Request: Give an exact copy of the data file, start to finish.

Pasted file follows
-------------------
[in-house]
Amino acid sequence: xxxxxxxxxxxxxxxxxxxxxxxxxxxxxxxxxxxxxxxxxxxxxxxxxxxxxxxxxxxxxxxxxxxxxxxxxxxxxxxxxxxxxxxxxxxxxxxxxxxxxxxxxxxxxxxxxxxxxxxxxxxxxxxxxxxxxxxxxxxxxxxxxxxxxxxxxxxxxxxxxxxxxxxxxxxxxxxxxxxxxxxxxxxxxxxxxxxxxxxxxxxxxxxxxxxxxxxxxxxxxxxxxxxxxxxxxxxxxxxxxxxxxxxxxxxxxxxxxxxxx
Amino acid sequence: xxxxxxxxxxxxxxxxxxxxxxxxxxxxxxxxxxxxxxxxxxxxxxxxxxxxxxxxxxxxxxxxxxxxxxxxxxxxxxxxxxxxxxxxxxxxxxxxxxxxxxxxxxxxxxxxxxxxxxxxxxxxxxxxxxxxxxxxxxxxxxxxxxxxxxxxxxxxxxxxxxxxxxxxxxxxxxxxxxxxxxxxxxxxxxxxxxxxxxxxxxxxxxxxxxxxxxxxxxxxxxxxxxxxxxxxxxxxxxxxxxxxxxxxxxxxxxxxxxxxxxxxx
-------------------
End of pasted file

[in-house]
Amino acid sequence: xxxxxxxxxxxxxxxxxxxxxxxxxxxxxxxxxxxxxxxxxxxxxxxxxxxxxxxxxxxxxxxxxxxxxxxxxxxxxxxxxxxxxxxxxxxxxxxxxxxxxxxxxxxxxxxxxxxxxxxxxxxxxxxxxxxxxxxxxxxxxxxxxxxxxxxxxxxxxxxxxxxxxxxxxxxxxxxxxxxxxxxxxxxxxxxxxxxxxxxxxxxxxxxxxxxxxxxxxxxxxxxxxxxxxxxxxxxxxxxxxxxxxxxxxxxxxxxxxxxxx
Amino acid sequence: xxxxxxxxxxxxxxxxxxxxxxxxxxxxxxxxxxxxxxxxxxxxxxxxxxxxxxxxxxxxxxxxxxxxxxxxxxxxxxxxxxxxxxxxxxxxxxxxxxxxxxxxxxxxxxxxxxxxxxxxxxxxxxxxxxxxxxxxxxxxxxxxxxxxxxxxxxxxxxxxxxxxxxxxxxxxxxxxxxxxxxxxxxxxxxxxxxxxxxxxxxxxxxxxxxxxxxxxxxxxxxxxxxxxxxxxxxxxxxxxxxxxxxxxxxxxxxxxxxxxxxxxx